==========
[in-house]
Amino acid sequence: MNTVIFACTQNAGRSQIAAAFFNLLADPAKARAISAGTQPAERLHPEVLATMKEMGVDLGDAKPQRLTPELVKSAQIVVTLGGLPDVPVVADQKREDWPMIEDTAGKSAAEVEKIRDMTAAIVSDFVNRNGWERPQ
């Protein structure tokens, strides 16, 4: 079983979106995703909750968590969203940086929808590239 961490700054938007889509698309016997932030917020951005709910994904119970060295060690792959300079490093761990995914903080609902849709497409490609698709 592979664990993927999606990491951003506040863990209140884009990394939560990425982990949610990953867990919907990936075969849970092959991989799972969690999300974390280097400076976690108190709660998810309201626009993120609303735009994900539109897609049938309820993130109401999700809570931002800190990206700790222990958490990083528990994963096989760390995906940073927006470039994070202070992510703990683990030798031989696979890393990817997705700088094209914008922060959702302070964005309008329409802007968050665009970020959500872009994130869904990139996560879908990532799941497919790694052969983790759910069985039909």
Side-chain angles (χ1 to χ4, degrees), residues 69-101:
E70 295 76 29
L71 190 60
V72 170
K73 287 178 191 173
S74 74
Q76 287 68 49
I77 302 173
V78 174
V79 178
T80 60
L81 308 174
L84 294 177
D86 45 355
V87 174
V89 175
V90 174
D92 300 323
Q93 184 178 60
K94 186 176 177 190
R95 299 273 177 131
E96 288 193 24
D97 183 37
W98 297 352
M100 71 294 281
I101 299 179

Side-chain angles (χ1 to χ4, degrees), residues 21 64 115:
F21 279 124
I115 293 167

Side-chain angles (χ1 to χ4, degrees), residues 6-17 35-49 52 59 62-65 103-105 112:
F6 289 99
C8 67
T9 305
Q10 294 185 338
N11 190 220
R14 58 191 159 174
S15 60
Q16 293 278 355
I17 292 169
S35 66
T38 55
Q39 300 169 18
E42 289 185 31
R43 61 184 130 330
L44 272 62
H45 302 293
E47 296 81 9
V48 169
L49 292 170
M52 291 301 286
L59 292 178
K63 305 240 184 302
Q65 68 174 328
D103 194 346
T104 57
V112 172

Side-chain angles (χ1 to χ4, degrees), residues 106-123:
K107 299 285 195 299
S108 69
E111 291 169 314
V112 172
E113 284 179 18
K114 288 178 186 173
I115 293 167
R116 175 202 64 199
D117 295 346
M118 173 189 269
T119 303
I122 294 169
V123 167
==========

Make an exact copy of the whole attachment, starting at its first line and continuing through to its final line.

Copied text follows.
[in-house]
Amino acid sequence: MNTVIFACTQNAGRSQIAAAFFNLLADPAKARAISAGTQPAERLHPEVLATMKEMGVDLGDAKPQRLTPELVKSAQIVVTLGGLPDVPVVADQKREDWPMIEDTAGKSAAEVEKIRDMTAAIVSDFVNRNGWERPQ
């Protein structure tokens, strides 16, 4: 079983979106995703909750968590969203940086929808590239 961490700054938007889509698309016997932030917020951005709910994904119970060295060690792959300079490093761990995914903080609902849709497409490609698709 592979664990993927999606990491951003506040863990209140884009990394939560990425982990949610990953867990919907990936075969849970092959991989799972969690999300974390280097400076976690108190709660998810309201626009993120609303735009994900539109897609049938309820993130109401999700809570931002800190990206700790222990958490990083528990994963096989760390995906940073927006470039994070202070992510703990683990030798031989696979890393990817997705700088094209914008922060959702302070964005309008329409802007968050665009970020959500872009994130869904990139996560879908990532799941497919790694052969983790759910069985039909």
Side-chain angles (χ1 to χ4, degrees), residues 69-101:
E70 295 76 29
L71 190 60
V72 170
K73 287 178 191 173
S74 74
Q76 287 68 49
I77 302 173
V78 174
V79 178
T80 60
L81 308 174
L84 294 177
D86 45 355
V87 174
V89 175
V90 174
D92 300 323
Q93 184 178 60
K94 186 176 177 190
R95 299 273 177 131
E96 288 193 24
D97 183 37
W98 297 352
M100 71 294 281
I101 299 179

Side-chain angles (χ1 to χ4, degrees), residues 21 64 115:
F21 279 124
I115 293 167

Side-chain angles (χ1 to χ4, degrees), residues 6-17 35-49 52 59 62-65 103-105 112:
F6 289 99
C8 67
T9 305
Q10 294 185 338
N11 190 220
R14 58 191 159 174
S15 60
Q16 293 278 355
I17 292 169
S35 66
T38 55
Q39 300 169 18
E42 289 185 31
R43 61 184 130 330
L44 272 62
H45 302 293
E47 296 81 9
V48 169
L49 292 170
M52 291 301 286
L59 292 178
K63 305 240 184 302
Q65 68 174 328
D103 194 346
T104 57
V112 172

Side-chain angles (χ1 to χ4, degrees), residues 106-123:
K107 299 285 195 299
S108 69
E111 291 169 314
V112 172
E113 284 179 18
K114 288 178 186 173
I115 293 167
R116 175 202 64 199
D117 295 346
M118 173 189 269
T119 303
I122 294 169
V123 167